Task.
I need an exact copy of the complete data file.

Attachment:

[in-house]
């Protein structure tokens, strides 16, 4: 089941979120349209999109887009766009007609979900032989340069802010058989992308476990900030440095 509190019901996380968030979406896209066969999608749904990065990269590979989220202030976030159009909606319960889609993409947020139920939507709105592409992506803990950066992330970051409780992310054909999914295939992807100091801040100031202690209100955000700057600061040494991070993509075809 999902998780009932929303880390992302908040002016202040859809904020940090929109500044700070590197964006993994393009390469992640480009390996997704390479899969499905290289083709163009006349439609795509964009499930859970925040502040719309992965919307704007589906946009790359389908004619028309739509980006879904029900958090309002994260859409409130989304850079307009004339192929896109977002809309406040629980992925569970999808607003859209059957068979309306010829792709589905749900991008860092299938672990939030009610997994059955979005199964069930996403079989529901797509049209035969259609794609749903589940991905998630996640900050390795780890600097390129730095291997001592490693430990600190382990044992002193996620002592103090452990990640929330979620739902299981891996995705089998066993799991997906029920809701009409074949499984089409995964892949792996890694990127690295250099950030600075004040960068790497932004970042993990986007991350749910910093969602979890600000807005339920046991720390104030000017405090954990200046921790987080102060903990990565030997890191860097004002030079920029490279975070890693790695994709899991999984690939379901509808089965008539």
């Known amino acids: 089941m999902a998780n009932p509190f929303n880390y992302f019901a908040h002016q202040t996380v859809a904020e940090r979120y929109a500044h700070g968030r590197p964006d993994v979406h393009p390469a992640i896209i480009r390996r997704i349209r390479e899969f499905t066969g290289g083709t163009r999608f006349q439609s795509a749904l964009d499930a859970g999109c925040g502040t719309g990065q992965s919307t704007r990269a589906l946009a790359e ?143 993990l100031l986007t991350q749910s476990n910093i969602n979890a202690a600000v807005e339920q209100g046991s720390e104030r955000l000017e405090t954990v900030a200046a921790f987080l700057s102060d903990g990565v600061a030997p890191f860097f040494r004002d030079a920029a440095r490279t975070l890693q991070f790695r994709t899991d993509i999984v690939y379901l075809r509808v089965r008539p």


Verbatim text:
[in-house]
């Protein structure tokens, strides 16, 4: 089941979120349209999109887009766009007609979900032989340069802010058989992308476990900030440095 509190019901996380968030979406896209066969999608749904990065990269590979989220202030976030159009909606319960889609993409947020139920939507709105592409992506803990950066992330970051409780992310054909999914295939992807100091801040100031202690209100955000700057600061040494991070993509075809 999902998780009932929303880390992302908040002016202040859809904020940090929109500044700070590197964006993994393009390469992640480009390996997704390479899969499905290289083709163009006349439609795509964009499930859970925040502040719309992965919307704007589906946009790359389908004619028309739509980006879904029900958090309002994260859409409130989304850079307009004339192929896109977002809309406040629980992925569970999808607003859209059957068979309306010829792709589905749900991008860092299938672990939030009610997994059955979005199964069930996403079989529901797509049209035969259609794609749903589940991905998630996640900050390795780890600097390129730095291997001592490693430990600190382990044992002193996620002592103090452990990640929330979620739902299981891996995705089998066993799991997906029920809701009409074949499984089409995964892949792996890694990127690295250099950030600075004040960068790497932004970042993990986007991350749910910093969602979890600000807005339920046991720390104030000017405090954990200046921790987080102060903990990565030997890191860097004002030079920029490279975070890693790695994709899991999984690939379901509808089965008539």
């Known amino acids: 089941m999902a998780n009932p509190f929303n880390y992302f019901a908040h002016q202040t996380v859809a904020e940090r979120y929109a500044h700070g968030r590197p964006d993994v979406h393009p390469a992640i896209i480009r390996r997704i349209r390479e899969f499905t066969g290289g083709t163009r999608f006349q439609s795509a749904l964009d499930a859970g999109c925040g502040t719309g990065q992965s919307t704007r990269a589906l946009a790359e ?143 993990l100031l986007t991350q749910s476990n910093i969602n979890a202690a600000v807005e339920q209100g046991s720390e104030r955000l000017e405090t954990v900030a200046a921790f987080l700057s102060d903990g990565v600061a030997p890191f860097f040494r004002d030079a920029a440095r490279t975070l890693q991070f790695r994709t899991d993509i999984v690939y379901l075809r509808v089965r008539p």